Crop failure was common in the Soviet Union. The cold climate, frequent droughts and mismanagement led to regular shortages of basic foodstuffs. 1972 was one such year. High temperatures scorched Europe leading to drought across much of the continent. By summer much of the ‘Black Earth’ region (a belt of rich and fertile soil stretching eastward from Moldova and the Eastern Ukraine) was in danger of being ruined. Coming straight after a poor harvest the previous year, the Soviet leadership realised that a catastrophic wheat crop failure meant famine was becoming a very real danger.
The advantage of seeing things before other investors is that you are able to capture the sweet spot in a trade, and then get out before things go a bit crazy. This can often be the movement in price from “don’t touch that thing with a barge-pole” in which everyone is sure it’s going to crash and burn, to merely “it’s still crap”. It’s more often the middle of a trade where momentum builds and new money comes in that the real money is to be made. It’s at that point which many investors who got in early start to get nervous and bale out.
Chinese commodity markets have become an increasingly important indicator for other sectors of the global economy, especially dry bulk commodities such as iron ore, steel, coal and grains. For example, iron ore and steel rebar futures increased by 120% and 86% respectively in the twelve months to mid-May 2021, the latter seeing prices spike by 50% in the in the first two weeks of May alone. Other futures markets such as that for coking coal have also seen strong gains.
Chinese commodity investors have piled into these markets on speculation that demand for infrastructure commodities post COVID will surge and that supply will remain constrained. For example, environmental and safety inspections have affected domestic coal output.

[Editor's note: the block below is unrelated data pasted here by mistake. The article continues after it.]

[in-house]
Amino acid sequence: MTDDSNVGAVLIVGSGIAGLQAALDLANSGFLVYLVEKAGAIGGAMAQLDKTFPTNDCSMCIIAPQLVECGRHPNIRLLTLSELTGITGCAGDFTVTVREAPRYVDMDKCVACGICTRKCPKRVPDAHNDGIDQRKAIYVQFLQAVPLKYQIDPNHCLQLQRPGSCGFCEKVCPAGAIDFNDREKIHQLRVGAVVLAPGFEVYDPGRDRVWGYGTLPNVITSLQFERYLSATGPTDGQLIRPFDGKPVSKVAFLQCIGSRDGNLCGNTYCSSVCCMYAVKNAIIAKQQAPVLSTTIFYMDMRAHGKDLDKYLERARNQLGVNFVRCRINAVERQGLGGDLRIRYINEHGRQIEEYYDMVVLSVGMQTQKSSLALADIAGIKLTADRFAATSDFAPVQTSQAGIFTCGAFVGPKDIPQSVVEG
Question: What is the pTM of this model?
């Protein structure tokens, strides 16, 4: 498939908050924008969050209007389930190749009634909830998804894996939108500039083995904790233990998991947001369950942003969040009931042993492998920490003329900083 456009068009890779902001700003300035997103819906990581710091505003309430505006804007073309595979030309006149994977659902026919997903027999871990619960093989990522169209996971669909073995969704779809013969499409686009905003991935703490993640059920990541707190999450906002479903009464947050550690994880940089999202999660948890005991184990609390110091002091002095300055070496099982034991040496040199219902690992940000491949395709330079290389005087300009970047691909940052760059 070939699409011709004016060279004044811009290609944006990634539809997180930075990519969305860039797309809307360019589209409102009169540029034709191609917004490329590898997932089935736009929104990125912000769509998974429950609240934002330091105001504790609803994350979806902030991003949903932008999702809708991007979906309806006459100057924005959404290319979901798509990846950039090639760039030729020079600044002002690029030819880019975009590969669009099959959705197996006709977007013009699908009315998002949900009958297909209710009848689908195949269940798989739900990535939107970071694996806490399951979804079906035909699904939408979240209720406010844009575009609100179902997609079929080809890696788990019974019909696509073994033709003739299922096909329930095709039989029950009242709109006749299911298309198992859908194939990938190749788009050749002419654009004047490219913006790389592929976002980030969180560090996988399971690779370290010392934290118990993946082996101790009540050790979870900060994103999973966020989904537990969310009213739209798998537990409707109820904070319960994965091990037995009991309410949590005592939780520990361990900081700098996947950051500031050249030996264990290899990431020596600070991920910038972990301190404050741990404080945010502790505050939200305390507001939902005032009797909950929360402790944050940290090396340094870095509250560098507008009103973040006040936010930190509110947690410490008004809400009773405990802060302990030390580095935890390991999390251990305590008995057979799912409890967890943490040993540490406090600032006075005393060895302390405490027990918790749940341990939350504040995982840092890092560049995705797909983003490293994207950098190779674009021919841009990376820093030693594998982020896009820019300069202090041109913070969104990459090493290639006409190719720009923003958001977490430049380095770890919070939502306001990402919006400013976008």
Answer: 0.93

“Once you see headlines about the discovery of new oil reserves or wind farms popping up outside major cities, when you see mines coming on line, when you discover that stockpiles of all kinds of commodities are rising, those are fundamental shifts – then its time to get your money out of commodities. The bull market will be over.” – Jim Rogers
A fundamental shift tends to define the end of a bull market. In the late 1970’s it was the discovery of new oil deposits in the North Sea and Alaska. As those fields came online oil production exceeded demand for the first time in years.
Classical economic thinking is based on the principle that markets tend towards equilibrium. This situation is defined as the point at which supply and demand are balanced, and in the absence of external influences, prices typically remain unchanged. In economics terminology, the market clearing price has been achieved.
Economic theory assumes that market participants act on the basis of perfect knowledge, or at the very least act based on rational expectations. This means that even though not all participants are equally as informed, there is one single optimum, ‘rational’ view of the future, and eventually all participants in the market will converge on this view.
One of the most important attributes for any successful long-term investor is adopting (and keeping) a low time preference. This means you don’t worry about short term fluctuations in the market, but instead have your sights firmly set on the bigger picture. In Jim Rogers book, Hot Commodities, he gives the example of investing in gold during the 1960’s and 1970’s as the perfect example of taking that longer term view:
“In the late 1960’s, for instance was at $35 per ounce. In 1975, it rocketed to $200 in anticipation of the recent decision by the US government to allow Americans to own gold again. Within the year, gold lost 50 percent of its value, plunging back to $100. A lot of people sold their gold. Too bad for them, because gold proceeded to go straight up eight and a half more times – to $870 an ounce in January 1980.”